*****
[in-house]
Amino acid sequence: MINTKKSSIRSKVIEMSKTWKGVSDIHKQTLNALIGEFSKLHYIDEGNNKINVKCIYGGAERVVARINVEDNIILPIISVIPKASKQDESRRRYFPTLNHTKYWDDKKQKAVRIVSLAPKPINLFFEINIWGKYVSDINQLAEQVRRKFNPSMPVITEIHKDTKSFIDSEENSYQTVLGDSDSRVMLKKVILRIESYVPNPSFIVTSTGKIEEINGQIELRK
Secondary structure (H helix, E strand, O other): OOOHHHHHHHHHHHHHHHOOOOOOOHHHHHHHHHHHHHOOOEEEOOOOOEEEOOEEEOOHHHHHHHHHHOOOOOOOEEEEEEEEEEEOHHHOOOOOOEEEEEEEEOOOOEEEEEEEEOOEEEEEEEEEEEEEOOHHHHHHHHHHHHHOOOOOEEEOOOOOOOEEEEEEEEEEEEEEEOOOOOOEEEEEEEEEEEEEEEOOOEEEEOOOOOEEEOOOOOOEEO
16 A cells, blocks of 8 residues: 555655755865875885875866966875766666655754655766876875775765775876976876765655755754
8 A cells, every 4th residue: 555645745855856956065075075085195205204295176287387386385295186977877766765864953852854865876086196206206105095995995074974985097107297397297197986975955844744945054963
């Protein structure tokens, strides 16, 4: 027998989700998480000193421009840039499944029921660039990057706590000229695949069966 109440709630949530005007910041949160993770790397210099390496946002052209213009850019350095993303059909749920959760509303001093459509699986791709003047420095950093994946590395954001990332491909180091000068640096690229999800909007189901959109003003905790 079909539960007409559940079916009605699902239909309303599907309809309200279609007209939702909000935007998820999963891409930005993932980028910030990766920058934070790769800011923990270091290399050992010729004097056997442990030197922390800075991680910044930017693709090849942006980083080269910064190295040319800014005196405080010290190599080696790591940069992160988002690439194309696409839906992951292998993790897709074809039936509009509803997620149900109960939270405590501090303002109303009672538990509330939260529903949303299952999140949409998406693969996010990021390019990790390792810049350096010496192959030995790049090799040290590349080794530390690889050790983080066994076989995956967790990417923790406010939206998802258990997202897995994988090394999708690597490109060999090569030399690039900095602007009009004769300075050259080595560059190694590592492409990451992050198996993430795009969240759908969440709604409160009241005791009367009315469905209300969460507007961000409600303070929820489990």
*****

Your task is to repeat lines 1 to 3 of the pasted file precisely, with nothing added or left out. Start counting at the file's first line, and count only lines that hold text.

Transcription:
[in-house]
Amino acid sequence: MINTKKSSIRSKVIEMSKTWKGVSDIHKQTLNALIGEFSKLHYIDEGNNKINVKCIYGGAERVVARINVEDNIILPIISVIPKASKQDESRRRYFPTLNHTKYWDDKKQKAVRIVSLAPKPINLFFEINIWGKYVSDINQLAEQVRRKFNPSMPVITEIHKDTKSFIDSEENSYQTVLGDSDSRVMLKKVILRIESYVPNPSFIVTSTGKIEEINGQIELRK
Secondary structure (H helix, E strand, O other): OOOHHHHHHHHHHHHHHHOOOOOOOHHHHHHHHHHHHHOOOEEEOOOOOEEEOOEEEOOHHHHHHHHHHOOOOOOOEEEEEEEEEEEOHHHOOOOOOEEEEEEEEOOOOEEEEEEEEOOEEEEEEEEEEEEEOOHHHHHHHHHHHHHOOOOOEEEOOOOOOOEEEEEEEEEEEEEEEOOOOOOEEEEEEEEEEEEEEEOOOEEEEOOOOOEEEOOOOOOEEO